Israel has arrested at least a dozen Palestinians on charges of recruiting for Hezbollah, getting military training and smuggling in money. Israel accused three brothers -- Fadi, Hamni and Shadi Abdo -- of creating a massive infrastructure to transfer money from Hezbollah to militants in the northern West Bank.
The Shin Bet says Hezbollah paid for several deadly attacks, including a double suicide bombing on Jan. 5, 2003, that killed 23 people and an April 24, 2003, bombing at the Kfar Saba train station that killed one Israeli.
Palestinian security officials said Hezbollah helped finance the last two Jerusalem bus bombings, on Jan. 29 and Feb. 22, which killed 19 people. Such attacks cost less than a few thousand dollars to carry out, according to militants and Israeli security officials.
The Shin Bet also accused Hezbollah of playing an important role in the March 14 bombing at the Israel port of Ashdod that killed 10 people.
Around the time of the Ashdod attack, Hezbollah transferred about $3,300 to Al Aqsa, a senior Israeli military official said. Al Aqsa later claimed joint responsibility with Hamas.
Israel responded to the Ashdod attack by killing Yassin.
Afterward, Hamas leader Khaled Mashaal, based in Damascus, met with the Hezbollah chief, Sheik Hassan Nasrallah, who affirmed "absolute solidarity" with Hamas and offered it all his resources.
Though Hezbollah has long supported Hamas and Islamic Jihad -- two highly structured organizations with leaderships abroad -- its ties have grown strongest with Al Aqsa, according to Palestinian and Israeli sources.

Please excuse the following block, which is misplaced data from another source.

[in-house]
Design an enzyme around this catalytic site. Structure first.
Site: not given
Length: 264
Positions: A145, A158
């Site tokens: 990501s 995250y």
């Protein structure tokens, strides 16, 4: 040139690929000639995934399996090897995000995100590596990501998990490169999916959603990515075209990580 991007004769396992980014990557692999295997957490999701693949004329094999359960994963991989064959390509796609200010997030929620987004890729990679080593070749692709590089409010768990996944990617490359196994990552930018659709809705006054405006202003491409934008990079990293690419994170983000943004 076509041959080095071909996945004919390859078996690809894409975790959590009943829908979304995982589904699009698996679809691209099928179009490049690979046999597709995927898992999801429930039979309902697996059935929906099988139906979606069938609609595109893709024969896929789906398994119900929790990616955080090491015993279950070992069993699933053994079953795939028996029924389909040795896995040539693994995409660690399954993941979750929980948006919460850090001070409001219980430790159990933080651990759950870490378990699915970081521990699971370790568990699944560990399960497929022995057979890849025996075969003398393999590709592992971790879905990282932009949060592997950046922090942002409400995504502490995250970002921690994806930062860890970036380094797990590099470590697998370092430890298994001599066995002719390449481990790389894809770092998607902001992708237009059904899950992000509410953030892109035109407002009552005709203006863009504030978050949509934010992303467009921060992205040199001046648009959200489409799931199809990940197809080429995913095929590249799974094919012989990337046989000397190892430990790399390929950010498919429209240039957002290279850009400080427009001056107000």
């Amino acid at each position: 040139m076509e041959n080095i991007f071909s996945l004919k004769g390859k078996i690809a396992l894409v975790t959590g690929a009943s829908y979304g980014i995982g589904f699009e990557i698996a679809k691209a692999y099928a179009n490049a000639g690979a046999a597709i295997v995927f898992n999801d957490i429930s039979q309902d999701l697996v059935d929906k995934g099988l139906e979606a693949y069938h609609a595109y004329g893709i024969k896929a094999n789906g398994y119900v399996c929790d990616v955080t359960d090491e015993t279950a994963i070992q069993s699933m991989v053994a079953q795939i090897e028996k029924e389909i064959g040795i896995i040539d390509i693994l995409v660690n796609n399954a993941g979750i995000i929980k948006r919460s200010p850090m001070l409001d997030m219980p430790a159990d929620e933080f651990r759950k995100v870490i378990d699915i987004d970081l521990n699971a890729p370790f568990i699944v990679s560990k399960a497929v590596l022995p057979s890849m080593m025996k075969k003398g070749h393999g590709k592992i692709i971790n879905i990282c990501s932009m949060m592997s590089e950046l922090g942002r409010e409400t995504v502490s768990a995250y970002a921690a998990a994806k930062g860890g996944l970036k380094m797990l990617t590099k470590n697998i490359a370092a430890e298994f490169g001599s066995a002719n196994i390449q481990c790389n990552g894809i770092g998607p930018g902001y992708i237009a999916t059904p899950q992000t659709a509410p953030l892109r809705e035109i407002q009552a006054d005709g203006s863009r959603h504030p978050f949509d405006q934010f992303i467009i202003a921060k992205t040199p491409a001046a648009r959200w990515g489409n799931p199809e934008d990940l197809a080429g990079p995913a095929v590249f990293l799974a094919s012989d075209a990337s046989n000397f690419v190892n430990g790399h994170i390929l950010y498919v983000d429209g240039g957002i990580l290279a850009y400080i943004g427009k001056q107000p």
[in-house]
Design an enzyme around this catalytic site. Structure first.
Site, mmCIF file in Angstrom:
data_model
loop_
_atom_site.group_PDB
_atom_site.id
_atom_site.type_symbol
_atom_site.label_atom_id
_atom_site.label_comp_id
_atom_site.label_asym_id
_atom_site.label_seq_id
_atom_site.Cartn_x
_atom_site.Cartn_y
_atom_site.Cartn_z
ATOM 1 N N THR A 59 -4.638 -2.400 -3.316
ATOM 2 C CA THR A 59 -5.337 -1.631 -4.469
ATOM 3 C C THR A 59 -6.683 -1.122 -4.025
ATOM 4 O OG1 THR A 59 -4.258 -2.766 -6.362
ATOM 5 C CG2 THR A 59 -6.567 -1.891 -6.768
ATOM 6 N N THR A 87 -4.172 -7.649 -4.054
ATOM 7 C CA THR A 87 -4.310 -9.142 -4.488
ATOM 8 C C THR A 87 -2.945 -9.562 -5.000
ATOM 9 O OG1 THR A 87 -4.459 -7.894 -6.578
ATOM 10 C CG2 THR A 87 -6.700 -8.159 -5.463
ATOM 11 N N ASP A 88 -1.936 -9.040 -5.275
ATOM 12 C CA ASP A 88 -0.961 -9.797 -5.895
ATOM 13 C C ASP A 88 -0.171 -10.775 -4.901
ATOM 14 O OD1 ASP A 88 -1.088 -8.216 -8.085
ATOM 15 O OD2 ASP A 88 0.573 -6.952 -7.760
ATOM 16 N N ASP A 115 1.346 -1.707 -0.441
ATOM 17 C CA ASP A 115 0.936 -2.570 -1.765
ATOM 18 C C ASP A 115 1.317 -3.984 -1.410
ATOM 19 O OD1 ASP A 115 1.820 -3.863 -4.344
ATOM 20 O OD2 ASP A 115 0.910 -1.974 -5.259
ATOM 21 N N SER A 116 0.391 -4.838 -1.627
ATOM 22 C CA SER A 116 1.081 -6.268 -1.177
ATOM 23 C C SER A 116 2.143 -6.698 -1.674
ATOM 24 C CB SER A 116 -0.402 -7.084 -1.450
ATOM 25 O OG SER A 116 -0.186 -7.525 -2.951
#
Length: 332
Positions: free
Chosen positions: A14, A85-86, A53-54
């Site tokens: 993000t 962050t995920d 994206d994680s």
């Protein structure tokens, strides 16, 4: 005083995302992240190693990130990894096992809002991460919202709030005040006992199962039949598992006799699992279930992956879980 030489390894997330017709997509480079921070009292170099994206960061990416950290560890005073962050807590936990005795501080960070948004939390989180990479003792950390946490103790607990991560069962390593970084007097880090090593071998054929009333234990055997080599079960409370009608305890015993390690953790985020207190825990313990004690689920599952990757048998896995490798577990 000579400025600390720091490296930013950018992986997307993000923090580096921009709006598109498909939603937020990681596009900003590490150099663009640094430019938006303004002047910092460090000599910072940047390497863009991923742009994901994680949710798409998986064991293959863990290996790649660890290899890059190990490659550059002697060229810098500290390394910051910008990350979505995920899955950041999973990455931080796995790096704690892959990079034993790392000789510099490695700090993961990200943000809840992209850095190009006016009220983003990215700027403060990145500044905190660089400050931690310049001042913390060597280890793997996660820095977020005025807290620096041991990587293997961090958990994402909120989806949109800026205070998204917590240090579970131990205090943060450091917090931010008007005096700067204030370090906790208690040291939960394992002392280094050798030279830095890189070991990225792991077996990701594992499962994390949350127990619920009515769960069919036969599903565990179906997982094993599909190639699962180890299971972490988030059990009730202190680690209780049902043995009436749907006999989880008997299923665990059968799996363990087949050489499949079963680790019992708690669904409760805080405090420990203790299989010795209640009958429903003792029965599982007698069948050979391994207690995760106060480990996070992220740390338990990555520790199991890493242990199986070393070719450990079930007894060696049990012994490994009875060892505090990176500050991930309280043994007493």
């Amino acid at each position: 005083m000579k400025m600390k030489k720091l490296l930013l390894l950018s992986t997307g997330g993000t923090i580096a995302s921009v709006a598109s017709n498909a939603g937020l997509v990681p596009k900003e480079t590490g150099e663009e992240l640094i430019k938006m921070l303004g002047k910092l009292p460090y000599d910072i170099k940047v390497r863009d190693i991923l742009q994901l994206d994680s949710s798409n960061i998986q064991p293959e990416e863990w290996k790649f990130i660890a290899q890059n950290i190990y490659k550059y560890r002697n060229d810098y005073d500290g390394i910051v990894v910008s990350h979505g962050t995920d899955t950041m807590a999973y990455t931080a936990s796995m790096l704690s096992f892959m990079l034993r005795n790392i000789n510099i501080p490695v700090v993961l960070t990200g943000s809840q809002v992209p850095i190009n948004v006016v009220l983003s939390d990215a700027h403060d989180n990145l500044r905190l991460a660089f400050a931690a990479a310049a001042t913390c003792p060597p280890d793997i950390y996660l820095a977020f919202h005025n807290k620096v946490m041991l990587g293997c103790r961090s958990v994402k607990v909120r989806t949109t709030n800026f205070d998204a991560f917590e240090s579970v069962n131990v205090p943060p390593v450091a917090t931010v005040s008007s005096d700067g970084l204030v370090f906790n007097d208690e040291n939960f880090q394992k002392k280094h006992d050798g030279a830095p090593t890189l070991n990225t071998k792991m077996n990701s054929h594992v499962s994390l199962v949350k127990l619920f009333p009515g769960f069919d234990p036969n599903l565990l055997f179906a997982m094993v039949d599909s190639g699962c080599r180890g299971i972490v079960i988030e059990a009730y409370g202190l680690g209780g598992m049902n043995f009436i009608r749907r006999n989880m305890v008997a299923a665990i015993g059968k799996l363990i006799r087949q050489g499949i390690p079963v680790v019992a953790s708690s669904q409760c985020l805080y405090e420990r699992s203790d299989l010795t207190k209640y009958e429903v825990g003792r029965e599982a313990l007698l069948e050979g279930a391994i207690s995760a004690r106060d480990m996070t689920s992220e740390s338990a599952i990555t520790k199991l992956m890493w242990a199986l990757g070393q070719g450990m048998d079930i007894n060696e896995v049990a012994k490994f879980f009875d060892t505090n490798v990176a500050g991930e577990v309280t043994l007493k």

Al Aqsa was formed by activists in Arafat's Fatah movement shortly after the intefadeh broke out. It began as a group of chaotic, loose-knit cells spread throughout the West Bank and Gaza. Much of its funding came indirectly from Fatah coffers, though some came from Hezbollah, via Fatah leaders in Lebanon, the militants said.
But they said much of the Fatah money has dried up under Israeli pressure on Arafat and the Palestinian Authority to stop the attacks, the militants said.
Hezbollah stepped in with direct funding and general guidance, wresting many of the most active cells from Fatah's influence, the militants said.
"We are receiving funding from Hezbollah because we have no other option," said a Nablus Al Aqsa leader who goes by the name Abu Mujahed.
Hezbollah used to transfer $50,000 to a Nablus militant leader every two or three months for different cells, though the payments have decreased in recent months, according to one militant.
One cell in the Balata refugee camp near Nablus gets at least $1,000 a month for ammunition and cellular telephone calling cards, the militant said. When the group plans to carry out an attack, Hezbollah gives it $10,000 to $15,000.
Hezbollah audits the cells, rewarding those that kill large numbers of Israelis with more money for the next attack, militants said. Hezbollah only pays the militants, not the families of suicide bombers as deposed Iraqi President Saddam Hussein once did.
Recently, Fatah has tried to regain control of Al Aqsa. Former Palestinian Prime Minister Mahmoud Abbas began paying militants a few hundred shekels a month not to carry out attacks against Israeli civilians, said Abdel Fattah Hamayel, a Fatah lawmaker who acts as a liaison to Al Aqsa. About 4.5 shekels make a dollar.
While many Al Aqsa members have taken up the offer, some of the most militant cells rejected the deal and turned to Hezbollah instead, Hamayel said.
"They take funds from abroad and they are still carrying out attacks, and we are in contact with them, trying to get them to stop this outside funding and outside orders," he said.
Many Al Aqsa militants are furious with Fatah and feel let down by its leaders. Abu Mujahed called them "a disgrace."
"Fatah is not supporting the Al Aqsa Brigades," he said. "Without other support, we would not have survived so far."
Associated Press reporters Mohammed Daraghmeh in Ramallah and Zeina Karam in Beirut contributed to this report.